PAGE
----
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Shipping firms seeks clarification from Major Ports about new IMO regulations to reduce emissions

 The uncertainty continues to prevail across the Shipping industry over the impending IMO regulations, to reduce the level of sulphur oxide emissions from ship's exhaust, from January 1, 2020.

The amendments to the MARPOL regulations stipulates that sulphur content in the exhaust from ships should be brought down from 3.5 per cent m/m (Mass on mass) to 0.5 per cent worldwide.

Major Ports in the Country are now getting enquiries from shipping companies on accepting scrubbers on ships in the respective ports.

Installing scrubbers an option to become IMO 2020 compliant 

“Installing scrubbers is an option to reduce the content in the gases before being released into the air. The scrubbers would wash the exhaust gas from ships to bring the sulphur content down before releasing it to the atmosphere. The water used for washing eventually has to go into the sea,” sources in the industry said.

Singapore refuses to accept scrubbers in their ports

However, ports such as Singapore are refusing to accept the use of scrubbers on ships in their ports due to water pollution, said Tom Joseph, President, Nautical Institute India (South West). There are also suggestions to evolve a national policy on that will be acceptable to India. Since the issue pertains to the implementation of MARPOL regulations, DG Shipping as the regulator of shipping in India and representing India in IMO conventions would be the authority best suited to formulate the policy.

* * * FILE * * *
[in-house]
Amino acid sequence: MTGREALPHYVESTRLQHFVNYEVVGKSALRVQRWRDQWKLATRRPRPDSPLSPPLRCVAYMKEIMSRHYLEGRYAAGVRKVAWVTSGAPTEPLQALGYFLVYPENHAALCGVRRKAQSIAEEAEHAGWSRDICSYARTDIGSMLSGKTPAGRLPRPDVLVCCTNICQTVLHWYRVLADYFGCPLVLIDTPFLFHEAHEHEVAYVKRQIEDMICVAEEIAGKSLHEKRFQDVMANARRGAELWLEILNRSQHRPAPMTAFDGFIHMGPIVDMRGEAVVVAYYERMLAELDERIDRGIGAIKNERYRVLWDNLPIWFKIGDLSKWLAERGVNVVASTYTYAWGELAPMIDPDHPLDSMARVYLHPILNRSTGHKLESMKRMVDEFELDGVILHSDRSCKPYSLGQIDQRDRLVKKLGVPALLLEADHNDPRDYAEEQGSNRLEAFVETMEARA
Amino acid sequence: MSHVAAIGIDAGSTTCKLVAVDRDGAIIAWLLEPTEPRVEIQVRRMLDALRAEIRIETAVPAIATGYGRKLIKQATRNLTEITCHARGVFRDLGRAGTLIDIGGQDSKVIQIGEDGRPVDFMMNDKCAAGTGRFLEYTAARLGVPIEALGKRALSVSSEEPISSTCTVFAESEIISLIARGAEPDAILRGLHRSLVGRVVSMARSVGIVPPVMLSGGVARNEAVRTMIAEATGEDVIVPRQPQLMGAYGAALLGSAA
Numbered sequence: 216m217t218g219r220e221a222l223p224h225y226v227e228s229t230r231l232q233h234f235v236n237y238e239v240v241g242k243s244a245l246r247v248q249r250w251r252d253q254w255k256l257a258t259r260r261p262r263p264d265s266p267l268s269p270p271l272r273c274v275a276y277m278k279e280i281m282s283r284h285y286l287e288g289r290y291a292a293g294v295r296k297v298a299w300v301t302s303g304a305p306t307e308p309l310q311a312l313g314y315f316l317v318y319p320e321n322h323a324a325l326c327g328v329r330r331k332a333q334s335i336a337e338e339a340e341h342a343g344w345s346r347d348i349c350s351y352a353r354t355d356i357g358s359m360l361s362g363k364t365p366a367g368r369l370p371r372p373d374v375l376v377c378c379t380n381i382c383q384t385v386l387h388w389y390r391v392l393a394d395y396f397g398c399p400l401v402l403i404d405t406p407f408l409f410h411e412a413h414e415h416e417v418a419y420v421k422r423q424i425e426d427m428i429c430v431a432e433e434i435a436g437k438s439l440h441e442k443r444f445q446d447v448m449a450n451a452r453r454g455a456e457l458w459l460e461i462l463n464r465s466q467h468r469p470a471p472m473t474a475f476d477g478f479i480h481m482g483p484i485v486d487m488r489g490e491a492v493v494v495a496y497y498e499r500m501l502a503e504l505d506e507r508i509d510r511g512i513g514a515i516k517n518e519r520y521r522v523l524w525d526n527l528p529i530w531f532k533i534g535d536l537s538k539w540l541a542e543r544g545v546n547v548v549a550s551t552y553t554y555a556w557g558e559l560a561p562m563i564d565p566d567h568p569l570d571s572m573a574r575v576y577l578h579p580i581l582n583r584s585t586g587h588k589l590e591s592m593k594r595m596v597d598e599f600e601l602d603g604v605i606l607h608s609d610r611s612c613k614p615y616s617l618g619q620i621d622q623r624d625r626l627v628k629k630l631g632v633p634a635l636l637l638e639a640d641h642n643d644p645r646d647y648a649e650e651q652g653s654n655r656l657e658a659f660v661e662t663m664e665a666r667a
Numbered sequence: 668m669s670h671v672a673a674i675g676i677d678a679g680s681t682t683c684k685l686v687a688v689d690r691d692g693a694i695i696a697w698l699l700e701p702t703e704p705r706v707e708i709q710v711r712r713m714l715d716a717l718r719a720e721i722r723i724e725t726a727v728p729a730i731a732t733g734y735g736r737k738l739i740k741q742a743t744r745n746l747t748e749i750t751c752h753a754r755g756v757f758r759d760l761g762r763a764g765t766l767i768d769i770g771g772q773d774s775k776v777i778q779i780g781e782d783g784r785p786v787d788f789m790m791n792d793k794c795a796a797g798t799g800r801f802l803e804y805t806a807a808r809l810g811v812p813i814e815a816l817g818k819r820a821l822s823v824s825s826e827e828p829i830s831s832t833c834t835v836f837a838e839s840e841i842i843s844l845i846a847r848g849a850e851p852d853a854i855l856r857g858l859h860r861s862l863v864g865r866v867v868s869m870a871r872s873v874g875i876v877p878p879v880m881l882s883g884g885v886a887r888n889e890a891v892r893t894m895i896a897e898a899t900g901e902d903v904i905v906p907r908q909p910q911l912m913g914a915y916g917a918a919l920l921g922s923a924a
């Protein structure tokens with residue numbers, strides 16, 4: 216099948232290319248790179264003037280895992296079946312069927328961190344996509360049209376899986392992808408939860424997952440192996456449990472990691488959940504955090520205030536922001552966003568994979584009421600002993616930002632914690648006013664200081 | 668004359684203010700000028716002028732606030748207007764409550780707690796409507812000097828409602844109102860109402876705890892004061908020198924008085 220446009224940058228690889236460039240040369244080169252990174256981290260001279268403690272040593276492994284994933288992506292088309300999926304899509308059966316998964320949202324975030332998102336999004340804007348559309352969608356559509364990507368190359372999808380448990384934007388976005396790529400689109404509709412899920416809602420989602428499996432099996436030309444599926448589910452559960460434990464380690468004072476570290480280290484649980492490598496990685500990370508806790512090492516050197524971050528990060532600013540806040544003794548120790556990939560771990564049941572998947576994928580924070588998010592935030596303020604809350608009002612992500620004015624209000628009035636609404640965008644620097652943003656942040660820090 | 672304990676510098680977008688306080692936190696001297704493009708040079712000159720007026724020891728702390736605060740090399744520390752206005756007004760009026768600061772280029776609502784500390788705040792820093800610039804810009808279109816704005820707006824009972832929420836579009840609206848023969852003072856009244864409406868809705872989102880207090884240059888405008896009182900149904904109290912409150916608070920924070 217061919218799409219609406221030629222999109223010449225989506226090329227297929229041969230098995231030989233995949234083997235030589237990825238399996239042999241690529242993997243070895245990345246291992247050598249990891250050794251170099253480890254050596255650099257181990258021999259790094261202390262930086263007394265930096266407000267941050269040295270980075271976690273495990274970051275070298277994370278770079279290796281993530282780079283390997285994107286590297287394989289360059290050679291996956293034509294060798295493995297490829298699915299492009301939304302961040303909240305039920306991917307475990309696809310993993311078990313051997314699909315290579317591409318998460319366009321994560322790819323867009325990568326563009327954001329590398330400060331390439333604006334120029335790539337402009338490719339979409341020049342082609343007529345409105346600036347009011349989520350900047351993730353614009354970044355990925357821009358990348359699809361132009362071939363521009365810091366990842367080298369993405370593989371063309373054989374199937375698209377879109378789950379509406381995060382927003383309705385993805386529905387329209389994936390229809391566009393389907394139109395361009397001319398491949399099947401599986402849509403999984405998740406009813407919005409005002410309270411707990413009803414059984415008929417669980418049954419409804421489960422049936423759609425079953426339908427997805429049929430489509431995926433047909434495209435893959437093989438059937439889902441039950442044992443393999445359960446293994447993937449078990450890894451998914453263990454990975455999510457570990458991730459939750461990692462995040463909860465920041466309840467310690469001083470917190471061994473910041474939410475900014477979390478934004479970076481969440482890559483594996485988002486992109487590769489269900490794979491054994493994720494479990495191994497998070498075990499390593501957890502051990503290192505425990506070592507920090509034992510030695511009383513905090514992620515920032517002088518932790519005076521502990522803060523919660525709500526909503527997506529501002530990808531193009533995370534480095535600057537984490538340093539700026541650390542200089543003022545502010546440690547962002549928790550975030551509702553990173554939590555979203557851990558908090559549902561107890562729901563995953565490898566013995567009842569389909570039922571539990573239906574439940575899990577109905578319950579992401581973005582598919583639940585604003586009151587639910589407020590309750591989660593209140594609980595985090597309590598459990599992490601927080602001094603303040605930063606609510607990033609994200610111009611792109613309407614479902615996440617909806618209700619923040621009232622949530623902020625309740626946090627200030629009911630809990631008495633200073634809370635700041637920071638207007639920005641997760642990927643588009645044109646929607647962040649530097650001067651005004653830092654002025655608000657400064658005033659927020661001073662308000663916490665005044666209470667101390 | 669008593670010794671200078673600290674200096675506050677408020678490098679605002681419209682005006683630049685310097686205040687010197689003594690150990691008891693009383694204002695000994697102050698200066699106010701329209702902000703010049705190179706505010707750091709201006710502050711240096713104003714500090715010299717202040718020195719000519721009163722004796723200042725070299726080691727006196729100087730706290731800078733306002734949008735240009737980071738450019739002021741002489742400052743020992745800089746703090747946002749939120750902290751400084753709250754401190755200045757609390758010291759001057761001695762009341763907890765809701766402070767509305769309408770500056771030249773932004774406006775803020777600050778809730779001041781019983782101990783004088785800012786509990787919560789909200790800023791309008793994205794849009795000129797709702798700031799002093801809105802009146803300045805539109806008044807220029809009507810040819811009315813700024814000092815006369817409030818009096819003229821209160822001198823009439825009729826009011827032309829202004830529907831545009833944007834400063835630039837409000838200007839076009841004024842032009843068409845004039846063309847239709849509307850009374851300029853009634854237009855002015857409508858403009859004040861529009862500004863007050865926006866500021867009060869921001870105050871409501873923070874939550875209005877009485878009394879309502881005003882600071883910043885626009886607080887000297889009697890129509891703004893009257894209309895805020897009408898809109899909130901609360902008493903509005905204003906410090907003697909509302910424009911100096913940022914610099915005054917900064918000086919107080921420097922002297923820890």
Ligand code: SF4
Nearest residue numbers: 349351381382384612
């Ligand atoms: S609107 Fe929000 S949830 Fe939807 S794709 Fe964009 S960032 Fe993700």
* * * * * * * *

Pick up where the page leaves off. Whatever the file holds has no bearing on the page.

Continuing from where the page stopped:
Experts in the sector pointed out that the new limits can also be achieved by changing to cleaner fuel such as Marine Diesel Oil which will not require any modifications on the ship's engines.

It is estimated that the world's shipping burn about four million barrels a day of Fuel Oil, which is a very low grade of oil.

Industry worried; the new form of fuel costs 25-40% more

“The shipping industry is also worried over the shift to a new form of fuel considering the high cost involved, which would be higher by at least 25 to 40 per cent. The emerging situation warrants developing a new blend of oil for ships and probably gas oil with very low sulphur content and it can be blended with heavy fuel to lower sulphur content,” the experts said.

According to a Chennai-based Group, the proposed regulation would be a major boost to the environmental performance of ocean freight and a fantastic leap for the industry, as the sector push for sustainability and emission free operations.

 

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